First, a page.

Anatomy of an Anthropological Controversy

In 1928 Margaret Mead published Coming of Age in Samoa, a fascinating study of the lives of adolescent girls that transformed Mead herself into an academic celebrity.

On January 19, 1979, President Jimmy Carter posthumously awarded her the Presidential Medal of Freedom. The award for her important contributions was presented to her daughter at a ceremony sponsored by the American Museum of Natural History.

In 1983 anthropologist Derek Freeman published a scathing critique of Mead’s Samoan research, badly damaging her reputation. Resonating beyond academic circles, his case against Mead tapped into important public concerns of the 1980s, including sexual permissiveness, cultural relativism, and the nature/nurture debate.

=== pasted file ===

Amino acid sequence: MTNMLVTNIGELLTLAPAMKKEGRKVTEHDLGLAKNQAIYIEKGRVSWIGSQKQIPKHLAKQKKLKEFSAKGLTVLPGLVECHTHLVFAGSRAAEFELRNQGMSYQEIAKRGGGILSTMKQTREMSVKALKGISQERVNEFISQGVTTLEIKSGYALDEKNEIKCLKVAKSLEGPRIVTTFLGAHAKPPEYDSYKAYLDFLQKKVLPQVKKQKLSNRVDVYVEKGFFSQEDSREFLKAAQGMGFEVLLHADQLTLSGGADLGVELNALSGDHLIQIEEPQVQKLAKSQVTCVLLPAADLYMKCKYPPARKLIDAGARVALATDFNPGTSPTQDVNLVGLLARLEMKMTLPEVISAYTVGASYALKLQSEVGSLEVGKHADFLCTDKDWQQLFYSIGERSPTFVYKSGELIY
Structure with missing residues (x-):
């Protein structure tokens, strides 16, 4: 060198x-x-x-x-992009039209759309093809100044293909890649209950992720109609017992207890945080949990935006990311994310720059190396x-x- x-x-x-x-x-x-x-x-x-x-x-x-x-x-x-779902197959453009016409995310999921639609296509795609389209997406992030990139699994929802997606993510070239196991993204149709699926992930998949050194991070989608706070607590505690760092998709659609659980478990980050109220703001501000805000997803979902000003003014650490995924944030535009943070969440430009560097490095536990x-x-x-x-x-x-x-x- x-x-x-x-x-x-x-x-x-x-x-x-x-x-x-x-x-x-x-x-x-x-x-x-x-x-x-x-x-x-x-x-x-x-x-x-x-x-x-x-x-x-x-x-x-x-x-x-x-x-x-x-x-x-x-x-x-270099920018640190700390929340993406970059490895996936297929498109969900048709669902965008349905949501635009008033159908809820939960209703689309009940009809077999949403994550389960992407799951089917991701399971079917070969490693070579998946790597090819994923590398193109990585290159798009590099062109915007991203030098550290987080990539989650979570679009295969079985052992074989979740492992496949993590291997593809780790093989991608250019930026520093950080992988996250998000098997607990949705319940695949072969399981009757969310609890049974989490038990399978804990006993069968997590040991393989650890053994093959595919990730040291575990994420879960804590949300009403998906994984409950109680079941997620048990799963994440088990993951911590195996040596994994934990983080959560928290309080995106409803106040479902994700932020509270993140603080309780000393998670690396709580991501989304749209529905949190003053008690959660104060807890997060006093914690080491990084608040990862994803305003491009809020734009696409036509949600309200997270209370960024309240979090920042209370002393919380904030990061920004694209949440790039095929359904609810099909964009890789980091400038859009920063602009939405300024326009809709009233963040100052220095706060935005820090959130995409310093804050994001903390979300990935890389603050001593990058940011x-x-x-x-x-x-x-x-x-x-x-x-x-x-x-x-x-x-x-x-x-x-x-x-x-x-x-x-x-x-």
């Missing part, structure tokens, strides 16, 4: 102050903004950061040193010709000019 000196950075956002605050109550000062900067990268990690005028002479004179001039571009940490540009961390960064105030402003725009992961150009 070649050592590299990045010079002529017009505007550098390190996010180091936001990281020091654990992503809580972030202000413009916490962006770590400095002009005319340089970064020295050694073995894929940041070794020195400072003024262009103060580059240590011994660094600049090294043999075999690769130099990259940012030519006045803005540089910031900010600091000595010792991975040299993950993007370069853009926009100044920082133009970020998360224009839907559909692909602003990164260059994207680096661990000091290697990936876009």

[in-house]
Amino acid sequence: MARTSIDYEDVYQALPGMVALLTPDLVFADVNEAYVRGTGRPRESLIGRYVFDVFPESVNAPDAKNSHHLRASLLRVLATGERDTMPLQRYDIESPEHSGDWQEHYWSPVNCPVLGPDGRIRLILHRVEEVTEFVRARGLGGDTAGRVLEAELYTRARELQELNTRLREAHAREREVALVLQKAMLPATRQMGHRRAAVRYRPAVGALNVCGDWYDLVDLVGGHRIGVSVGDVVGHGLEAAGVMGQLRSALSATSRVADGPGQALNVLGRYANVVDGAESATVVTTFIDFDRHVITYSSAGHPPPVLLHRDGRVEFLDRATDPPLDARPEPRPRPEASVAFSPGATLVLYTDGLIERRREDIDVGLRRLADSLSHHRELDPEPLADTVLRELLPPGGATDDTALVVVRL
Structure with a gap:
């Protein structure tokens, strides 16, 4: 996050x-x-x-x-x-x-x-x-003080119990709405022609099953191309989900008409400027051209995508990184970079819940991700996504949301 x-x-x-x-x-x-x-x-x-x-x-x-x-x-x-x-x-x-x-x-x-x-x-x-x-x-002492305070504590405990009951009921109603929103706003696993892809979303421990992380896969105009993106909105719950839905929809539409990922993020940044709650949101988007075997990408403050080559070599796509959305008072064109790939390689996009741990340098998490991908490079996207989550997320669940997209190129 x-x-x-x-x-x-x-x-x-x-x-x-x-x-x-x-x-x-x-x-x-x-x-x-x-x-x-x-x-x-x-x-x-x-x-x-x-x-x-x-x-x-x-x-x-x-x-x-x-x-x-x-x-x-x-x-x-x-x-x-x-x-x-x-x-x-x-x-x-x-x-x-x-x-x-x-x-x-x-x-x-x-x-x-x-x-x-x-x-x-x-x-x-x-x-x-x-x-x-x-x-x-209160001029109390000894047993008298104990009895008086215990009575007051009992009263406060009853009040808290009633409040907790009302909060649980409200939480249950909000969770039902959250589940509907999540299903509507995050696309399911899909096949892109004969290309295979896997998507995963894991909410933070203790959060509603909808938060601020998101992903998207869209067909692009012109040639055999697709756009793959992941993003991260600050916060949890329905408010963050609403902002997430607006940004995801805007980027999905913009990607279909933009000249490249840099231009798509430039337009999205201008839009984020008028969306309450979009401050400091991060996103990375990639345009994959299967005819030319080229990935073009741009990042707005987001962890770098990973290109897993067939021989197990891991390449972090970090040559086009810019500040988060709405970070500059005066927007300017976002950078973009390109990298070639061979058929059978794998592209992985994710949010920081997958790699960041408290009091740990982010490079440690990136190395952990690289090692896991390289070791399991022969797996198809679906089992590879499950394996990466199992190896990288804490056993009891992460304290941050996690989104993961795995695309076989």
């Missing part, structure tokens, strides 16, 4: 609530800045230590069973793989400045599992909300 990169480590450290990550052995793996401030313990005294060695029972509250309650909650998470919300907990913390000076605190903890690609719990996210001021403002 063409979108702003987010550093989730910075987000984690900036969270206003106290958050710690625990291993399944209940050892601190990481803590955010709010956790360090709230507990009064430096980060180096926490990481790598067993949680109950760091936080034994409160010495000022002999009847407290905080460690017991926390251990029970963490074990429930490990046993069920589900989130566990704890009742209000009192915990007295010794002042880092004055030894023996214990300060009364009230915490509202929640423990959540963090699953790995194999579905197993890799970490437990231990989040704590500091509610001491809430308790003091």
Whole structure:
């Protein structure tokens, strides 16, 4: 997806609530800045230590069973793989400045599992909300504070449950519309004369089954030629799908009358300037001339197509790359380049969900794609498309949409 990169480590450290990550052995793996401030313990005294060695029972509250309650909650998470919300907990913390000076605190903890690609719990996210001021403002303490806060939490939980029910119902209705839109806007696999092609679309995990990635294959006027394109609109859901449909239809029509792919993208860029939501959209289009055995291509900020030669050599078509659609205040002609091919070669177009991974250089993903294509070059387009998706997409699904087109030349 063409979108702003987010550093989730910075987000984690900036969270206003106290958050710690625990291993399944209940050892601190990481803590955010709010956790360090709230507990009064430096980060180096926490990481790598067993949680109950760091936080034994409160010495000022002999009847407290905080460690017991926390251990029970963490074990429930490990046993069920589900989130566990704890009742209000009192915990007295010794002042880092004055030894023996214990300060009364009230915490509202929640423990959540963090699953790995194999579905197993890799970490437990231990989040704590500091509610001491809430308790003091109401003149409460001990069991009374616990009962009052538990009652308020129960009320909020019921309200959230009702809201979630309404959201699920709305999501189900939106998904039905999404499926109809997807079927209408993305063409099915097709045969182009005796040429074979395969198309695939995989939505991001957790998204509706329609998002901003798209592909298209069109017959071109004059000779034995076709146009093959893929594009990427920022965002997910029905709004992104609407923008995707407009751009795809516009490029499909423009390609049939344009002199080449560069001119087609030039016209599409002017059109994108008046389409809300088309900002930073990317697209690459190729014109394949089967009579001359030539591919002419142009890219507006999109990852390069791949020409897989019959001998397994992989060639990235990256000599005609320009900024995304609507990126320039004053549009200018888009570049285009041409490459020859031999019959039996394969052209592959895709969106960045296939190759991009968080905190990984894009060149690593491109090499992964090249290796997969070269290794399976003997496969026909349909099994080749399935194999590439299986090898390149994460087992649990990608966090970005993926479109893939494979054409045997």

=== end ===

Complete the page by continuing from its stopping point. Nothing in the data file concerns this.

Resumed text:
In this book Paul Shankman explores the many dimensions of the Mead-Freeman controversy as it developed publicly and as it played out privately, including the personal relationships, professional rivalries, and larger-than-life personalities that drove it.
Providing a critical perspective on Freeman’s arguments, Shankman reviews key questions about Samoan sexuality, the alleged hoaxing of Mead, and the meaning of the controversy.
  • Why were Freeman’s arguments so readily accepted by pundits outside the field of anthropology?
  • What did Samoans themselves think?
  • Can Mead’s reputation be salvaged from the quicksand of controversy?
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